Hi friends! I am back with a super fun post about food photography. Over the past year or so, I have made it a goal to get better at food photography and photography in general. I have learned how to set up my shots, how to edit and what looks good vs. what doesn’t. Keep in mind I am not a professional, but I have been constantly observing and trying to learn what works for me and my website/brand. I have grown my Instagram following by posting these photos, and have had so much fun doing it!
Now I am starting with iPhone photography, because that’s what I have been using the last year. I have used an iPhone 7 Plus and have recently upgraded to the XS Max. I also use my Sony a6000 camera for bigger projects and blog posts, mainly for the ease of shooting in raw and editing in Lightroom. We will get to the ins and outs of “big” cameras down the line as I learn more about them. (because I am a hardcore newbie and hobbyist!) For now – read on for my tips and tricks to get better at iPhone food photography. iPhone cameras are AMAZING and I will totally vouch for them.
LEARN THE BASICS
There’s really only a couple basics you need to know when it comes to food photography, and these overlap with regular photography rules as well. If you Google any “Photography Tips for Beginners”, this is what’s likely to show up.
NATURAL LIGHT! This is probably the biggest one. The more natural light, the better your photo is going to turn out. Artificial light can lend to yellow tones, and dark places can blur and ruin your photo. If possible, get close to a window or move your food closest to the light. This is why I love eating on patios. You get the best light to get the crispiest shot. And don’t worry about your friends making fun of you – do it for the gram!
Use the “Rule of Thirds”: Go to your iPhone Settings, find “Camera” Settings, and make sure your grid is turned on. This will give you a grid of lines to look at laid on top of your photo. What you want to accomplish here is that you want interesting things at the points of these grids. So when you take your shot, the picture is more pleasing to the eye. This is so helpful when you are in the moment trying to capture the perfect picture.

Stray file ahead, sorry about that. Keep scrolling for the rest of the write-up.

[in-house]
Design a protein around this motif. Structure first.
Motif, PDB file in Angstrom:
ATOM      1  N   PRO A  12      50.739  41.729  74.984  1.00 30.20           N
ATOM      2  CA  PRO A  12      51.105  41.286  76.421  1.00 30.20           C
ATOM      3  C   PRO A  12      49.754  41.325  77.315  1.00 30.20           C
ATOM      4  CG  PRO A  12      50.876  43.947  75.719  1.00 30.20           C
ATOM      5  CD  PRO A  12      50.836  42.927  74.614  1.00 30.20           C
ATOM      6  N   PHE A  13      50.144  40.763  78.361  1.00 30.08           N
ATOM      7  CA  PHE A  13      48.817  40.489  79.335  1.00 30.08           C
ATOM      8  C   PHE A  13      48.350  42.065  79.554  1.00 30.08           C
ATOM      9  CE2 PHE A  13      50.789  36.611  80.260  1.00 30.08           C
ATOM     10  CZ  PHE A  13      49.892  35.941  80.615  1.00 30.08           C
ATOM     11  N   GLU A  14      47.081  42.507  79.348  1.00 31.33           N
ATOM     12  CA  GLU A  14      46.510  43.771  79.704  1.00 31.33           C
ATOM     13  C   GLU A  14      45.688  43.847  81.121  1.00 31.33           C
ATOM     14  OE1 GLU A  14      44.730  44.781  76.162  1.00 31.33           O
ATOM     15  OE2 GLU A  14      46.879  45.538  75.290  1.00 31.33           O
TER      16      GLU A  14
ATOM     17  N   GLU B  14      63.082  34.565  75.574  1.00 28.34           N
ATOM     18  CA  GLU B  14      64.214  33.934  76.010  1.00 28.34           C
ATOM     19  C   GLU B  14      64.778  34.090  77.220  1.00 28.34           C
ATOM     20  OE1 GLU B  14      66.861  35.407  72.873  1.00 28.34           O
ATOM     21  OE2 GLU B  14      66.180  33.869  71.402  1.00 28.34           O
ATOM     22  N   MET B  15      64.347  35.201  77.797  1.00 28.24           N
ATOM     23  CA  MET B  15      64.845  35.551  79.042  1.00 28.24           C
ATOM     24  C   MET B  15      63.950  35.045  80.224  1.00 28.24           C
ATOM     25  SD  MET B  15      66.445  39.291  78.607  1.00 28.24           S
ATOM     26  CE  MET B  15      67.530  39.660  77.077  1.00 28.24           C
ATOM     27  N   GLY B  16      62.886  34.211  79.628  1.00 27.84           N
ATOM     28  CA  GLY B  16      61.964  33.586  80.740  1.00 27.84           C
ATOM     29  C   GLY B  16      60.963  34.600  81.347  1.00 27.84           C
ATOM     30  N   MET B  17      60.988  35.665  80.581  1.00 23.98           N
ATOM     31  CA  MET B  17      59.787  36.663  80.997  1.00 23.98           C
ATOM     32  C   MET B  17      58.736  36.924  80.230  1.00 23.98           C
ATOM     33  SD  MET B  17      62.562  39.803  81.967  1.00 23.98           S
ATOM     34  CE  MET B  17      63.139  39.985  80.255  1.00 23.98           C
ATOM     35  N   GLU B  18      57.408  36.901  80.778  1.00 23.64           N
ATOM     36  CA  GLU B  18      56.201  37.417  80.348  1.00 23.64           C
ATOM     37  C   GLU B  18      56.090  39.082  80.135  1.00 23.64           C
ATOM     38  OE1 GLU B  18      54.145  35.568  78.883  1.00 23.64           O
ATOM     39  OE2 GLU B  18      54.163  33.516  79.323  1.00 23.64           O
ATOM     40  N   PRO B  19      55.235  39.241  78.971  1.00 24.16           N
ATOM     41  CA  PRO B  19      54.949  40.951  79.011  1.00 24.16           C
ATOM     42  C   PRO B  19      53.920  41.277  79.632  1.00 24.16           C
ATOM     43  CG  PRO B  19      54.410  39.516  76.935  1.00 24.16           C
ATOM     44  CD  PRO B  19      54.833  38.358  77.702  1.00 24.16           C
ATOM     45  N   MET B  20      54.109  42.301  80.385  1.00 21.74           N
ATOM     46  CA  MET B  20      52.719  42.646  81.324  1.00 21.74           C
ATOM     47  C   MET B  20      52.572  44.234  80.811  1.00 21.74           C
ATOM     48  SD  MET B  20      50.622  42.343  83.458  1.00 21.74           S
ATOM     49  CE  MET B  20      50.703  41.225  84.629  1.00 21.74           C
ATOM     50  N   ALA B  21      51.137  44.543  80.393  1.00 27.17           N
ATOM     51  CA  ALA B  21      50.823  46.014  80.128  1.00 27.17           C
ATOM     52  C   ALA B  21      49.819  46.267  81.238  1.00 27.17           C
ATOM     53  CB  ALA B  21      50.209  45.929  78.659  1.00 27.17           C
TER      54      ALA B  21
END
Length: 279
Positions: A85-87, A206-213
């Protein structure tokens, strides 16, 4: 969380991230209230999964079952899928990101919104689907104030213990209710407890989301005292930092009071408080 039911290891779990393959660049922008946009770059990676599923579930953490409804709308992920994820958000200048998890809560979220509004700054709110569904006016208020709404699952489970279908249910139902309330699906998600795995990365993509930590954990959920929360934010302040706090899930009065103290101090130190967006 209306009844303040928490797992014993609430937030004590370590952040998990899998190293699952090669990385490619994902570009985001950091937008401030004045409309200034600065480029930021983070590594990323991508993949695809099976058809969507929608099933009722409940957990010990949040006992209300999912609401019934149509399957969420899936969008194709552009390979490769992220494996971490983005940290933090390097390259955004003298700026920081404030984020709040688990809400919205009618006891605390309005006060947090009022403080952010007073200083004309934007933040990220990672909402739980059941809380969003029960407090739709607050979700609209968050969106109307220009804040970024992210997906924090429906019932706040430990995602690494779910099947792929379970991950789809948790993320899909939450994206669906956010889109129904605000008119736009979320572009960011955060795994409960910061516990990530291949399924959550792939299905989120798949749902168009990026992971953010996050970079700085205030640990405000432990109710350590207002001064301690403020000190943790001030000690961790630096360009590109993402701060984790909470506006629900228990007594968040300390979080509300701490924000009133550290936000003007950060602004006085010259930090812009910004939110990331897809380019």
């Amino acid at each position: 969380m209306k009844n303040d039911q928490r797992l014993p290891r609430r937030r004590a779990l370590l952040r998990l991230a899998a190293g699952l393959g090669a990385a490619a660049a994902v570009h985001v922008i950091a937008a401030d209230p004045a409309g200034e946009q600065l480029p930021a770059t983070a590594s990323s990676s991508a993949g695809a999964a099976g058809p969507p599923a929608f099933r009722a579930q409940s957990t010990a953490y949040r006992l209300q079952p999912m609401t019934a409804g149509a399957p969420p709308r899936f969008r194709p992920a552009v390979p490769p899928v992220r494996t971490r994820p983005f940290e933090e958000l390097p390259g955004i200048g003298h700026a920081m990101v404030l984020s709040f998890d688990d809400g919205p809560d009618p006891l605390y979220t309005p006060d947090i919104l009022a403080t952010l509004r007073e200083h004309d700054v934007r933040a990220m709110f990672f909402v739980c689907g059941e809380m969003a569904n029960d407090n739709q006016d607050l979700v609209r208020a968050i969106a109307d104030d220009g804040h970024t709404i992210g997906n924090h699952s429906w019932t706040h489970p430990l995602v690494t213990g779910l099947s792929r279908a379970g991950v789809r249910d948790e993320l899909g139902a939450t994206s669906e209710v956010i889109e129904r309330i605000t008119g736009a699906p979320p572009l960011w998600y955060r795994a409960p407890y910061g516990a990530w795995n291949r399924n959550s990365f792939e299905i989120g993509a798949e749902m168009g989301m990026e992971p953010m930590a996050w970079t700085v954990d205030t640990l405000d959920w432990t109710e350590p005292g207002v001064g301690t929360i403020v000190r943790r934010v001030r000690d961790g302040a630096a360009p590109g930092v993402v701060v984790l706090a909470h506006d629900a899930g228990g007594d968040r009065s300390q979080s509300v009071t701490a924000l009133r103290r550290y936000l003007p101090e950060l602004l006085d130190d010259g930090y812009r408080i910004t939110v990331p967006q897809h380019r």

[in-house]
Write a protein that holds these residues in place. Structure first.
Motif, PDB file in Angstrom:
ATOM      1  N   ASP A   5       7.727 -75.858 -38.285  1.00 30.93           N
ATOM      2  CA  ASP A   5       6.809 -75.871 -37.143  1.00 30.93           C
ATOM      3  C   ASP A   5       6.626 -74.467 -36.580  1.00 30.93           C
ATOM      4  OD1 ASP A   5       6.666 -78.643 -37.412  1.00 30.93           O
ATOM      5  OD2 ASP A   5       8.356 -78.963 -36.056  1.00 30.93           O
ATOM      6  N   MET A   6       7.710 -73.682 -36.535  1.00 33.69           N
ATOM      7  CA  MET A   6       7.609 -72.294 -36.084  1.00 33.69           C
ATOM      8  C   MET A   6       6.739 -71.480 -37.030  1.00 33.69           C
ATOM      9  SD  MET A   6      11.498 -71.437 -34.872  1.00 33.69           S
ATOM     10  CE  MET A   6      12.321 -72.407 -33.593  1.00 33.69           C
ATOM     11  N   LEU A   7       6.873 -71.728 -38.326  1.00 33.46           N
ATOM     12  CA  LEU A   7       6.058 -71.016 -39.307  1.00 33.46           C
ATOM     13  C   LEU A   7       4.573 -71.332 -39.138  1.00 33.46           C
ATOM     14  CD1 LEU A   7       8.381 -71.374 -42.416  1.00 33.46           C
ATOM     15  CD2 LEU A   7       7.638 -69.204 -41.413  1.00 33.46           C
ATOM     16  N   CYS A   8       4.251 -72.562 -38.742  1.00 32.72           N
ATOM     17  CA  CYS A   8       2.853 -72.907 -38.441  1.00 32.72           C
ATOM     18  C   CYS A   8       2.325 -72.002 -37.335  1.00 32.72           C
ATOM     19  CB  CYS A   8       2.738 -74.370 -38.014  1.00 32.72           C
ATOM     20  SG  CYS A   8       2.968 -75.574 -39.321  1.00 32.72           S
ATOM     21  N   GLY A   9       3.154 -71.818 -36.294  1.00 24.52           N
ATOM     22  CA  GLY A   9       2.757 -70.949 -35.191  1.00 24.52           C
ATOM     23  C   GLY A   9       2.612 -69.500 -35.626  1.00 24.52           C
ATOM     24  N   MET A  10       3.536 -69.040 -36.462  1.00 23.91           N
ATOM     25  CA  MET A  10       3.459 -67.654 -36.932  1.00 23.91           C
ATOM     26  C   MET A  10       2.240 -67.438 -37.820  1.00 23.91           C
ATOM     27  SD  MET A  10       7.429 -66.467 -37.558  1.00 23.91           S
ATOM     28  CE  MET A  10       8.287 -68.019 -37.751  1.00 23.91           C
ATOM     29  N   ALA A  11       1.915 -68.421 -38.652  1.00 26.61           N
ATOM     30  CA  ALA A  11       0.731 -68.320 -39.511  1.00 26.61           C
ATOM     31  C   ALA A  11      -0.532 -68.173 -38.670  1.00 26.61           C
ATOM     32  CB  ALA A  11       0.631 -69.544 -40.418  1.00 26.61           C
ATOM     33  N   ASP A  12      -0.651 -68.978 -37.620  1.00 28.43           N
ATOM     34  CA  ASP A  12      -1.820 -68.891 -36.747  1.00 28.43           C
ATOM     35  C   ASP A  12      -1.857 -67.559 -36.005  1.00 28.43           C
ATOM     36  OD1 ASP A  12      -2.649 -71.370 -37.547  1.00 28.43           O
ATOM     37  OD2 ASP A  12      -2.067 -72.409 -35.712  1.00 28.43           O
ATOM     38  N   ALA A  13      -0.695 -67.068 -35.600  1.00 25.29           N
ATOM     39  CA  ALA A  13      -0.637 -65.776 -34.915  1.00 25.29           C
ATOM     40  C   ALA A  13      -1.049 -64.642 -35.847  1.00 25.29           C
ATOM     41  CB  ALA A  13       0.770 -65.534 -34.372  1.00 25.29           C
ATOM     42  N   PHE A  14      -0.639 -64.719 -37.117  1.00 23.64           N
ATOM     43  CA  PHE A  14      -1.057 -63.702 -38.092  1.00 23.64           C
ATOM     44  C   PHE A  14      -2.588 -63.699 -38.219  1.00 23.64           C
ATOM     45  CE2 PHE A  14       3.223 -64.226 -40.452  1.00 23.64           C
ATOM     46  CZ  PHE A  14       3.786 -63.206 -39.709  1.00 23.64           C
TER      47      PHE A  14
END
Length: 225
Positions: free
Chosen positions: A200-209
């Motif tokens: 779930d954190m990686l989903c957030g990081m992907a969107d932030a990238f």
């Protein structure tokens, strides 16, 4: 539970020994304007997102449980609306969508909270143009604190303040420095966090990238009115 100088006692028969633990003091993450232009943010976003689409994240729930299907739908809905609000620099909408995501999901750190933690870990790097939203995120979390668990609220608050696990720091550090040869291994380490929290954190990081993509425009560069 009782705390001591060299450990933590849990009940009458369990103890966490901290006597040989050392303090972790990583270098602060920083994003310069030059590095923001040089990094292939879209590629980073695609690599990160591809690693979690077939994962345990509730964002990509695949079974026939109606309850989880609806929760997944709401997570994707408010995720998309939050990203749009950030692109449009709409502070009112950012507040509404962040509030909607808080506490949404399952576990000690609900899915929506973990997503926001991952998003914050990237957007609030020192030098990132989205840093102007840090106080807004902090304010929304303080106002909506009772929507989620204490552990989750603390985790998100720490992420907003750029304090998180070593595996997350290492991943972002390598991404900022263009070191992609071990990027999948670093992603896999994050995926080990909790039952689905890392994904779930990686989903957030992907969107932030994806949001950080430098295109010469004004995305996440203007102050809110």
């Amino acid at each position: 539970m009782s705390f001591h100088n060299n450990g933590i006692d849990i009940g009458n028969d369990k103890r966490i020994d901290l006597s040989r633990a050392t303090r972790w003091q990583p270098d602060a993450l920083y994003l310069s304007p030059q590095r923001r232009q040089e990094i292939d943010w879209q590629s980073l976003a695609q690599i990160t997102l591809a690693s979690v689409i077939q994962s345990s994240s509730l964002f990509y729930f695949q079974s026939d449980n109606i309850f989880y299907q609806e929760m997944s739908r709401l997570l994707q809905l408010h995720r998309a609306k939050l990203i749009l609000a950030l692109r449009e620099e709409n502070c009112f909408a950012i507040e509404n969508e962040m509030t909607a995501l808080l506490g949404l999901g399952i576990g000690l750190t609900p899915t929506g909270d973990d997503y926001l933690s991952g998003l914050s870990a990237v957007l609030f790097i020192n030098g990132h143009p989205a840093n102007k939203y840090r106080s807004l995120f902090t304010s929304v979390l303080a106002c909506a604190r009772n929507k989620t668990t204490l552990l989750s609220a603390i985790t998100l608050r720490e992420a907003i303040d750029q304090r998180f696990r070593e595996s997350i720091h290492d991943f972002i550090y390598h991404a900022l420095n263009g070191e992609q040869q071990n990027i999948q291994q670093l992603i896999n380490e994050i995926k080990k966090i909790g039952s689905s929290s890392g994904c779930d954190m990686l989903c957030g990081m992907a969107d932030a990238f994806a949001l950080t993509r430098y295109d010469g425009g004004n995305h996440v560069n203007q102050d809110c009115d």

Make sure any “extras” are out of the way. You have no idea how many napkins I have moved around, or drinks I have arranged before taking an overhead shot. You don’t think about it when you are eating, but it really starts to matter when you are taking photos of your food. Make sure everything is spaced out according to the rule of three, and snap away!
You need a photo editing app. Chances are, your pictures are not going to come out all the way you want them to without using a photo editing app. I used A Color Story for a long time, because you can set filters and automatic workflows that you can save and apply to all of your photos later, so they all have the same look. I have recently ventured into Lightroom, which I am loving. There are tons of great resources out there about Lightroom (mobile and desktop version), so Google away!
USE YOUR RESOURCES
There are so many people out there way better at iPhone Food Photography than you, and most likely they are willing to share their tips and tricks. I went to a free community Instagram class that really reframed the way I was looking at the platform. Google around your city and see where the foodie community and insta community intersects. Even in OKC, there are foodie photographers that I learn from every day!
I used to joke that YouTube was my third parent. There are so many videos out there about iPhone photography with a wealth of information. One resource I really like is Lucy Martin, who has simple and short videos about photography, lightroom and more. If you don’t know how to do something, Google it! I promise it’s out there.
I fill my instagram feed with tons of inspiring food photographers. I love browsing colorful photos of food including those of Devour Power, Brian Can’t Stop Eating, Alex Delany, Joy The Baker and Maucieri Visual Co. I study their style, how they plan their feed, and what content they are posting. This is a fun way to gather inspiration and turn it into something totally your own.
This is supposed to be fun, right? I always have a blast trying to get the perfect IG-worthy shot, and I never get too stressed about it. There is always going to be time to practice, and documenting my meals helps remind me of the memories surrounding that meal. Get creative and get out of your head for a bit!
What tips have you learned from iPhone food photography? Any not listed here? Let me know in the comments!